Haibun Today

A Quarterly Journal
Jeffrey Woodward, Editor
Volume 4, Number 4, December 2010

Ken Jones
Aberystwyth, Wales


The Long Passage

My shadow
and my gammy leg
out together for a walk

ATMOSPHERIC WALK is where it starts, with a shiny black bollard.   Hidden in a row of semi-Ds on a busy road. This backcrack slinks across our suburb past back gardens, back doors, back everything.

fading on a back gate
bound shut with ivy

Keeping company briefly with the railway line, it becomes THE METALS. Then it loses its identity for a while before picking up another.  Further into town it becomes BOREEN this and that, in folksy Irish letters, embossed and green, De Valera vintage. Once it almost loses its nerve among the dreaded Silchesters—“road,” “avenue,” “crescent,” “terrace,” but a group of friendly wheelie bins helps it to get going again. Several road crossings later it finishes up among the children’s swings of the People’s Park and the salty tang of Dublin Bay.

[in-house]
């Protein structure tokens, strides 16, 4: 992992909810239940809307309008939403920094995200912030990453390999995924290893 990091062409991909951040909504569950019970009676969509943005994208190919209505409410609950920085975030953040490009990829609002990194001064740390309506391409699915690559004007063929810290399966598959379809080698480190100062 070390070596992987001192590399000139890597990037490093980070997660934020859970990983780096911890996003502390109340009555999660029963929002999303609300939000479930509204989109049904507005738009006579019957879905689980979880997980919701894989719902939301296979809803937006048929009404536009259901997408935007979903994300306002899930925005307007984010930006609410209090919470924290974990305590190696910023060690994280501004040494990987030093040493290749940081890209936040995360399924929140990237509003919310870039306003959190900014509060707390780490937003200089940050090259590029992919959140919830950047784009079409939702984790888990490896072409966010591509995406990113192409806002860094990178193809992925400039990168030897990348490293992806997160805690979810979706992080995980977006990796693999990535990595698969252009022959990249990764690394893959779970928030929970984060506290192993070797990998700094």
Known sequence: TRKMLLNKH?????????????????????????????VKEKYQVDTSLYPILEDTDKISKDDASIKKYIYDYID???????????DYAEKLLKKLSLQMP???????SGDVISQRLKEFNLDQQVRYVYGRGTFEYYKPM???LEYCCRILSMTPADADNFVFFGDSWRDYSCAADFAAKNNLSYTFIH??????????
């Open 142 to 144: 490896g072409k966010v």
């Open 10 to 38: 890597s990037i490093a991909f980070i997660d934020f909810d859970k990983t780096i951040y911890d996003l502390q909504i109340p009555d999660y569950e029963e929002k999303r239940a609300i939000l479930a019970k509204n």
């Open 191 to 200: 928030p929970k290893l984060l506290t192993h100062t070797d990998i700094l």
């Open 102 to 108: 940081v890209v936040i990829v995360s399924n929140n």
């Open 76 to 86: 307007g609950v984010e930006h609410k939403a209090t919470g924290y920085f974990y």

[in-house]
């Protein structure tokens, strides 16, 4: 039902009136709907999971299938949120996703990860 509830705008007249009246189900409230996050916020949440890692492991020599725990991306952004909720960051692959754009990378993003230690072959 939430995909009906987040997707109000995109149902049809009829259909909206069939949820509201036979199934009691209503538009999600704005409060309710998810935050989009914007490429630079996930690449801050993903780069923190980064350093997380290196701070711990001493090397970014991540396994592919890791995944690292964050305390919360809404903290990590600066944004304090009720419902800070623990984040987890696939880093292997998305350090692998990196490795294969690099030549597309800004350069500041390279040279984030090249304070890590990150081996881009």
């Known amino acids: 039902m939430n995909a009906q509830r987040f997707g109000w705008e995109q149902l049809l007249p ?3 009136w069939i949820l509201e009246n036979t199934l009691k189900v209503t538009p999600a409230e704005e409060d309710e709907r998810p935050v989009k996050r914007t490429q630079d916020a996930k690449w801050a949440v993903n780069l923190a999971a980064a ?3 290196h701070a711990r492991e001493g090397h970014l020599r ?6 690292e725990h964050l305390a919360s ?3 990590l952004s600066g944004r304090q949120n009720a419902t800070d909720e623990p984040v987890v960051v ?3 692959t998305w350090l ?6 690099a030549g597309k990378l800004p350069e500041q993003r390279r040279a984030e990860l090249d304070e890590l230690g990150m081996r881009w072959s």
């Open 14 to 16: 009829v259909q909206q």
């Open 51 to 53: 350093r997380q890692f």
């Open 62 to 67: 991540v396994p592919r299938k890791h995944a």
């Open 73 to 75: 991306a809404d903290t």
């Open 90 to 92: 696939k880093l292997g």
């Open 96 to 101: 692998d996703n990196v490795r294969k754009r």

Sitting on shaven grass
a seat with a view
partnered by a litter bin

A walk for the Idle & Curious. On a back door, Tojo the Dwarf in elegant red letters, resprayed annually.  Kept in thrall by a fair maiden?

In a dusty window

A mild erotic frisson blends with curiosity. Round a corner protected  by spiky gothic ironwork,  COMMIT NO NUISANCE.  Caslon Old Face etched deep in granite, picked out with moss.  Balloch harbour is only a skip and a jump away.

Sunday morning anglers
their solitude
enjoyed together

One is a James Joyce lookalike—reading, of course. “Any bites?” “Enough to ruin a good read.”  

The strolling conviviality of the long, leisurely stretches melts the misanthropic.

Pram pushing dog walkers
of the  North West Passage

Indeed, I suspect it is patrolled by a Secret Order of Panglossians, dedicated to the elimination of melancholy. However, wasn’t it Sam Becket who reminded us that ten minutes is long enough to spend with anybody? A passing word and smile, our separate lives connect, cross and are gone.

Broken free from its moorings
this absent mind
sailing the long passage

Panglossians, after Dr Pangloss, in Voltaire’s “Candide,” who believed that “all’s for the best in the best of worlds.”


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